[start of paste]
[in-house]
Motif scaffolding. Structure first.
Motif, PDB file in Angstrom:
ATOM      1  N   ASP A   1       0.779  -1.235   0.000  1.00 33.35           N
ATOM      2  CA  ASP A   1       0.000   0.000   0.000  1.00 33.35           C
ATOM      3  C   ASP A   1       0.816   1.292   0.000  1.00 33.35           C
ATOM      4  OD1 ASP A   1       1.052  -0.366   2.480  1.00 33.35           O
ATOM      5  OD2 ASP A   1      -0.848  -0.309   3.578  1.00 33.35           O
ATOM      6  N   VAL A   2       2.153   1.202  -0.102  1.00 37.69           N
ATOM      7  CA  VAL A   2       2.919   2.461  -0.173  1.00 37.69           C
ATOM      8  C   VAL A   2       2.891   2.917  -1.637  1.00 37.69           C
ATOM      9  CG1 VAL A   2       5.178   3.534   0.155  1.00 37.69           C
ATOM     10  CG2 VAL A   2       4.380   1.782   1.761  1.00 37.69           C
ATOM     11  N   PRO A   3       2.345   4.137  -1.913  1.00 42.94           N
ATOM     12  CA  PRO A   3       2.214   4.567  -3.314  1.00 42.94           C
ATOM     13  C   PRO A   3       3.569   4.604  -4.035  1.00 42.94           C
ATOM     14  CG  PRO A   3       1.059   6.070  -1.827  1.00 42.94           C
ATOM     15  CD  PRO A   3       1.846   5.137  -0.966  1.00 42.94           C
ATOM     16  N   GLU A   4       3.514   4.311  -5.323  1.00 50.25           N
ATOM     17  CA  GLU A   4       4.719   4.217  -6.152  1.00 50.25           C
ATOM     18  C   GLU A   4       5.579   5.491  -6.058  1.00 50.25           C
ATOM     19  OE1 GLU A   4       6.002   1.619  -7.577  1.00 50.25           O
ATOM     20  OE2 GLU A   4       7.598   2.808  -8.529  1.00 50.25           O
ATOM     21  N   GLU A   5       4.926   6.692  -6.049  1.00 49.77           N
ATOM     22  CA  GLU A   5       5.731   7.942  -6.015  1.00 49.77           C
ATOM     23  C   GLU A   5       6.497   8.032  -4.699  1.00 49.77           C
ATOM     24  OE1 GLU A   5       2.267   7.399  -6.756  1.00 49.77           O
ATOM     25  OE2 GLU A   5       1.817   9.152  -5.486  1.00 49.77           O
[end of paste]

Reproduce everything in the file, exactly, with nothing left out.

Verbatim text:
[in-house]
Motif scaffolding. Structure first.
Motif, PDB file in Angstrom:
ATOM      1  N   ASP A   1       0.779  -1.235   0.000  1.00 33.35           N
ATOM      2  CA  ASP A   1       0.000   0.000   0.000  1.00 33.35           C
ATOM      3  C   ASP A   1       0.816   1.292   0.000  1.00 33.35           C
ATOM      4  OD1 ASP A   1       1.052  -0.366   2.480  1.00 33.35           O
ATOM      5  OD2 ASP A   1      -0.848  -0.309   3.578  1.00 33.35           O
ATOM      6  N   VAL A   2       2.153   1.202  -0.102  1.00 37.69           N
ATOM      7  CA  VAL A   2       2.919   2.461  -0.173  1.00 37.69           C
ATOM      8  C   VAL A   2       2.891   2.917  -1.637  1.00 37.69           C
ATOM      9  CG1 VAL A   2       5.178   3.534   0.155  1.00 37.69           C
ATOM     10  CG2 VAL A   2       4.380   1.782   1.761  1.00 37.69           C
ATOM     11  N   PRO A   3       2.345   4.137  -1.913  1.00 42.94           N
ATOM     12  CA  PRO A   3       2.214   4.567  -3.314  1.00 42.94           C
ATOM     13  C   PRO A   3       3.569   4.604  -4.035  1.00 42.94           C
ATOM     14  CG  PRO A   3       1.059   6.070  -1.827  1.00 42.94           C
ATOM     15  CD  PRO A   3       1.846   5.137  -0.966  1.00 42.94           C
ATOM     16  N   GLU A   4       3.514   4.311  -5.323  1.00 50.25           N
ATOM     17  CA  GLU A   4       4.719   4.217  -6.152  1.00 50.25           C
ATOM     18  C   GLU A   4       5.579   5.491  -6.058  1.00 50.25           C
ATOM     19  OE1 GLU A   4       6.002   1.619  -7.577  1.00 50.25           O
ATOM     20  OE2 GLU A   4       7.598   2.808  -8.529  1.00 50.25           O
ATOM     21  N   GLU A   5       4.926   6.692  -6.049  1.00 49.77           N
ATOM     22  CA  GLU A   5       5.731   7.942  -6.015  1.00 49.77           C
ATOM     23  C   GLU A   5       6.497   8.032  -4.699  1.00 49.77           C
ATOM     24  OE1 GLU A   5       2.267   7.399  -6.756  1.00 49.77           O
ATOM     25  OE2 GLU A   5       1.817   9.152  -5.486  1.00 49.77           O